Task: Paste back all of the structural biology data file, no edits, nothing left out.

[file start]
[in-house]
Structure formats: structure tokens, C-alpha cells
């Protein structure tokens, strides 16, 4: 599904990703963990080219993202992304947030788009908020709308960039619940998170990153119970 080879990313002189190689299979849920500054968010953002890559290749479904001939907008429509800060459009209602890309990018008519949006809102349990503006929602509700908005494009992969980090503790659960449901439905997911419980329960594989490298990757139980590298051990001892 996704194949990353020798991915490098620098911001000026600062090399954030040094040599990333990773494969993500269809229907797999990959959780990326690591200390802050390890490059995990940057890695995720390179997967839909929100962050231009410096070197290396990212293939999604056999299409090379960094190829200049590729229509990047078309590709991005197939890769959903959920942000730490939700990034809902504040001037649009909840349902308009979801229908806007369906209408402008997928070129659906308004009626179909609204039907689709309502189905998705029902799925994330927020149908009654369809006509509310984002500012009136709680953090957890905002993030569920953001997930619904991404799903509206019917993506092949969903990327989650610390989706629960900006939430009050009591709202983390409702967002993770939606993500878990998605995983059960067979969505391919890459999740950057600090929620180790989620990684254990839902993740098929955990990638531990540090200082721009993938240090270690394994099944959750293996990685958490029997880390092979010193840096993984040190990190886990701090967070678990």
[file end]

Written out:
[in-house]
Structure formats: structure tokens, C-alpha cells
């Protein structure tokens, strides 16, 4: 599904990703963990080219993202992304947030788009908020709308960039619940998170990153119970 080879990313002189190689299979849920500054968010953002890559290749479904001939907008429509800060459009209602890309990018008519949006809102349990503006929602509700908005494009992969980090503790659960449901439905997911419980329960594989490298990757139980590298051990001892 996704194949990353020798991915490098620098911001000026600062090399954030040094040599990333990773494969993500269809229907797999990959959780990326690591200390802050390890490059995990940057890695995720390179997967839909929100962050231009410096070197290396990212293939999604056999299409090379960094190829200049590729229509990047078309590709991005197939890769959903959920942000730490939700990034809902504040001037649009909840349902308009979801229908806007369906209408402008997928070129659906308004009626179909609204039907689709309502189905998705029902799925994330927020149908009654369809006509509310984002500012009136709680953090957890905002993030569920953001997930619904991404799903509206019917993506092949969903990327989650610390989706629960900006939430009050009591709202983390409702967002993770939606993500878990998605995983059960067979969505391919890459999740950057600090929620180790989620990684254990839902993740098929955990990638531990540090200082721009993938240090270690394994099944959750293996990685958490029997880390092979010193840096993984040190990190886990701090967070678990």